attributed to Haig & Chippendale (fl. 1779 - 1796)
A pair of mahogany and upholstered stools, attributed to Haig and Chippendale (1779-1796) London circa 1780. The later upholstered over stuffed seat raised on flared reeded turned tapered legs with collars to the foot.
The design of the leg on these stools is closely associated with the Chippendale workshops and appears on many examples know to be by the firm. A sofa sold Christie's New York 16th April 2002, lot 290 and two sofas owned by the Paxton Trust all show a similar design. The long association with Chippendale and the Hoare family back up the attribution but no bills specifically linking these stools with the Hoare's exist.The Hoare family’s patronage of the Chippendale cabinet making practice can be traced back to the 1760s with the earliest connection being through Richard Hoare of Boreham (1739-1778). Chippendale the Younger (1749-1822) worked with his father Thomas Chippendale (1718-1779) for many years before the latter died. Much of the work he produced in the 1780s and 1790s continued the styles and techniques associated with the Chippendale firm. During these years he was completing or continuing commissions that the firm had been involved with including Harewood house, Nostell Priory, and Burton Constable, amongst others. James Weedon (February 2018)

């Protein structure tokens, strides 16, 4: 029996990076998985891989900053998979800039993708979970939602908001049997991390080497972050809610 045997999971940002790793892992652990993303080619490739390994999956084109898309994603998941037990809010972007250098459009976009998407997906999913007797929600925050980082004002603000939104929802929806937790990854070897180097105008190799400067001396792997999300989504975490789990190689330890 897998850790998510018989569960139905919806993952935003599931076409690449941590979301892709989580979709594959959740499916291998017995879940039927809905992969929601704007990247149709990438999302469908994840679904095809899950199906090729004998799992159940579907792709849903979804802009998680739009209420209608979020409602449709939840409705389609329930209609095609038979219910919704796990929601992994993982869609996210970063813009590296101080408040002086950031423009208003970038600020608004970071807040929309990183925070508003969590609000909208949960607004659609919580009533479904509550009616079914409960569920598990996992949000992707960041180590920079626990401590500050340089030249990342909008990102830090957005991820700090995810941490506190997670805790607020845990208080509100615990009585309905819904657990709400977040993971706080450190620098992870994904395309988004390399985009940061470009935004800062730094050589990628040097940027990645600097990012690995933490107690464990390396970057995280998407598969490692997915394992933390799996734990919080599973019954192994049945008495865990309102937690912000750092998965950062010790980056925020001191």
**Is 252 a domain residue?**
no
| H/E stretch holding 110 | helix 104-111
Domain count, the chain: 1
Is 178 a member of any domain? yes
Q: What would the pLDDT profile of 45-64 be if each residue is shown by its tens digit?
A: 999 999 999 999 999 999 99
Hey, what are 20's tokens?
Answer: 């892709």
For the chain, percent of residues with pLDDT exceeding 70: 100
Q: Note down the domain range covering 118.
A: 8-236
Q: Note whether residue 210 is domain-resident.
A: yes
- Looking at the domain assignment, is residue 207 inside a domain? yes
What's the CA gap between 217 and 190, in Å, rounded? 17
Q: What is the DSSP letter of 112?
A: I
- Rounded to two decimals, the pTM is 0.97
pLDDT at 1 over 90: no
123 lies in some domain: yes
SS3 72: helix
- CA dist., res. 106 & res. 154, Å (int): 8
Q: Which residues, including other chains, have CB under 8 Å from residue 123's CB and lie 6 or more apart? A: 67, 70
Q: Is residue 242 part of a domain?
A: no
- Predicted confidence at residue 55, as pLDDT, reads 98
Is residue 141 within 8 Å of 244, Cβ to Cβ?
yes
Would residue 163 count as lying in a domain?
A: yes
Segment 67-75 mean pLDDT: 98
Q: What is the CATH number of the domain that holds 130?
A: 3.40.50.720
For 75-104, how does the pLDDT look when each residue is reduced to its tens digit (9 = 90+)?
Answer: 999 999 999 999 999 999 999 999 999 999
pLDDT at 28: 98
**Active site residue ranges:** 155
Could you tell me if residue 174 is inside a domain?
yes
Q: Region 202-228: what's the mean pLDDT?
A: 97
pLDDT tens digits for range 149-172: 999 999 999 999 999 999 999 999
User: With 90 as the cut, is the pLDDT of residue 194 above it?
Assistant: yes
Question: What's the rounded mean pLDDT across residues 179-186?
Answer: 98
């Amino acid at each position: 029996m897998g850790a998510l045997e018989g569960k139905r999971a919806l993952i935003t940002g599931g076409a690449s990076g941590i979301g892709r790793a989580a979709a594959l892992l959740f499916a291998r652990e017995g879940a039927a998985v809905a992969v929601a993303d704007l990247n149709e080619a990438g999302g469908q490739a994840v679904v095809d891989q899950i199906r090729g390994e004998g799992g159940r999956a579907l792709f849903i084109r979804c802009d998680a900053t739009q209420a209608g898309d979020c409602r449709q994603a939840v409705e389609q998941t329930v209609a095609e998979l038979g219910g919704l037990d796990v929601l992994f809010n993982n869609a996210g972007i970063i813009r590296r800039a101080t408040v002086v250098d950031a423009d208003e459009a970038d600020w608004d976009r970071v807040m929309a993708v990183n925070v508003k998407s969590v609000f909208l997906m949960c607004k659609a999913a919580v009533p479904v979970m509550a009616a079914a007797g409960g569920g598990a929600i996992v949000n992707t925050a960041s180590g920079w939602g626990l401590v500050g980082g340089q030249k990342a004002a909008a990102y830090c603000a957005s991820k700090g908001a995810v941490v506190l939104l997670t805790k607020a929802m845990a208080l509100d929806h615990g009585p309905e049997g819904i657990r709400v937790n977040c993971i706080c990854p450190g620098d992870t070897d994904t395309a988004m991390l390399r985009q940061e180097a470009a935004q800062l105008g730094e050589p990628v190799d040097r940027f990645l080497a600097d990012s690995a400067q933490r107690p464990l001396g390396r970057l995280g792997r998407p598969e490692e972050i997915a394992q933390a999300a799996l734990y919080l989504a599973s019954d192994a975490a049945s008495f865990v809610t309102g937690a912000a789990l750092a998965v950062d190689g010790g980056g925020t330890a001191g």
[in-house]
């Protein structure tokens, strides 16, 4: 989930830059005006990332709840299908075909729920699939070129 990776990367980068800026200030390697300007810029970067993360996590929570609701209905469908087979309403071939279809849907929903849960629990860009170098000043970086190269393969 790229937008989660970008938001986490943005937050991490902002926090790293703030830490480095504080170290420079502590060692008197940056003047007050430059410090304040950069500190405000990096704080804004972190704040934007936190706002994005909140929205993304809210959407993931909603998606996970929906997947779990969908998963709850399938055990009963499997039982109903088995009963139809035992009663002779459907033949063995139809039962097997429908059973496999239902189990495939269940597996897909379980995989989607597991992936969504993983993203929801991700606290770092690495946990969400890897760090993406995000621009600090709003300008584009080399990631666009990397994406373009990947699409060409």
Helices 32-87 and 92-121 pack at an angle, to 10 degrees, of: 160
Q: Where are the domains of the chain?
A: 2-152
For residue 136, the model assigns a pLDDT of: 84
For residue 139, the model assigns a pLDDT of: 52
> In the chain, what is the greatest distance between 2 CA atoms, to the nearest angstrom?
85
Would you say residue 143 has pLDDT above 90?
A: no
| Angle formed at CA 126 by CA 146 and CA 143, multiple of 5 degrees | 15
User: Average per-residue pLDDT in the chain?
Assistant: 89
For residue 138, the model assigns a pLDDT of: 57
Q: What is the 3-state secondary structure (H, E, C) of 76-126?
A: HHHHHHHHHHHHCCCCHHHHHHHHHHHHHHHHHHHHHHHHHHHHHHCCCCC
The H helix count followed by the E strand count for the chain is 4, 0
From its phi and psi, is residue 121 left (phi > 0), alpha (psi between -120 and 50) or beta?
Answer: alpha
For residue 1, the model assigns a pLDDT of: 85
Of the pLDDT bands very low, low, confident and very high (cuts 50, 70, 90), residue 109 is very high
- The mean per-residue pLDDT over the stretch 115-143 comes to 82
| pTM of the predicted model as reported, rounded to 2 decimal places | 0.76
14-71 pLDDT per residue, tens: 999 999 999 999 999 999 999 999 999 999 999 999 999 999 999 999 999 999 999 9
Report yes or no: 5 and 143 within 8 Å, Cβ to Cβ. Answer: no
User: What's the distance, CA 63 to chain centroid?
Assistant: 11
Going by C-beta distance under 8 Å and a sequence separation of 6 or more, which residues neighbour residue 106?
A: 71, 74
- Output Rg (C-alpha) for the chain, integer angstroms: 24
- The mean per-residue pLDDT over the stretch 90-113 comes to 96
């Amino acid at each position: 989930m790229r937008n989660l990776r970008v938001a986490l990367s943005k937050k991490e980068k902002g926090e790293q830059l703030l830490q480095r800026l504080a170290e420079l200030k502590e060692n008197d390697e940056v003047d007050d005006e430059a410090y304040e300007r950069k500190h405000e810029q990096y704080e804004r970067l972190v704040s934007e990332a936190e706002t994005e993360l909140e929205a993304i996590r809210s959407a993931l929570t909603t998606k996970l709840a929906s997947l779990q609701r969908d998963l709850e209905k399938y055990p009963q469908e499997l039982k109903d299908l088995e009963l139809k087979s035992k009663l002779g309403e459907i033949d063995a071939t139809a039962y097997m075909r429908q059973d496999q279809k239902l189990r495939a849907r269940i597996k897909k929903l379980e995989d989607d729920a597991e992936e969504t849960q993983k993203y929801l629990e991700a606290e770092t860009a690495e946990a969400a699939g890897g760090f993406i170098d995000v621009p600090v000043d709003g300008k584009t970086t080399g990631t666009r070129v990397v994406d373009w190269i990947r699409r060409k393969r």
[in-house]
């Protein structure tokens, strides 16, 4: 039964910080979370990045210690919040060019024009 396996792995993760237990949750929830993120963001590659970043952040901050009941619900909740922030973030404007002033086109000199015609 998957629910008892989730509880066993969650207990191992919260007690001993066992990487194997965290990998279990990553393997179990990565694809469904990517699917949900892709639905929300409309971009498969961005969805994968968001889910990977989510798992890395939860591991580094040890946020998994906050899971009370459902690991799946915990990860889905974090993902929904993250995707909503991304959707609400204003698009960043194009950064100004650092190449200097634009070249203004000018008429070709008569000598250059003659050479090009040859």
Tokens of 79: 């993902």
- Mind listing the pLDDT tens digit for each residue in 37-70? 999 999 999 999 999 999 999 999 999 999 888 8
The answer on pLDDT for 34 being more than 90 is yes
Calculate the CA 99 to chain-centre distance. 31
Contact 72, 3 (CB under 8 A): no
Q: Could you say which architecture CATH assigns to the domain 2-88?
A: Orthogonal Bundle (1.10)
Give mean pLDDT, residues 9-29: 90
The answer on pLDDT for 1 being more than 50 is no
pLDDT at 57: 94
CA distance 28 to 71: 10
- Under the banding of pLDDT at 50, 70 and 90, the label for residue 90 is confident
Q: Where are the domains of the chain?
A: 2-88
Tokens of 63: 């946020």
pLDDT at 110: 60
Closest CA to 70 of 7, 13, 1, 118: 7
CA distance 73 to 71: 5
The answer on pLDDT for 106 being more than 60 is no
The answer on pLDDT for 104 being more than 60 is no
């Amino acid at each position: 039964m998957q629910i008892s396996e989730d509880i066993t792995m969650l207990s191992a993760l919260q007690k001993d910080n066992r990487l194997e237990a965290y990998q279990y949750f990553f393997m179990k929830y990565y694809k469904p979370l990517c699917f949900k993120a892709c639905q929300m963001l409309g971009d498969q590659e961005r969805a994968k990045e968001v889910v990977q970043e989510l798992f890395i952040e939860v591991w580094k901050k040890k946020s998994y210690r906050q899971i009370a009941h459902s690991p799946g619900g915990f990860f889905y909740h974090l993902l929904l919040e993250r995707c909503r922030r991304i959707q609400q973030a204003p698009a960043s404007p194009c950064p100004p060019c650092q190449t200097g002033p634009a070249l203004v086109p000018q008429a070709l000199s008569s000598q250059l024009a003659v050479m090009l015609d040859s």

Stourhead; given to the National Trust along with the house, its grounds, and the rest of the contents by Sir Henry Hugh Arthur Hoare, 6th Bt. (1865 – 1947) in 1946
Makers and roles
attributed to Haig & Chippendale (fl. 1779 - 1796), furniture designer and maker
Goodison, 2017: Judith Goodison, The Life and Work of Thomas Chippendale Junior, PWP London & New York 2017 Beard and Gilbert, 1986: Geoffrey Beard and Christopher Gilbert (ed), Dictionary of English Furniture Makers 1660-1840, 1986, pg.169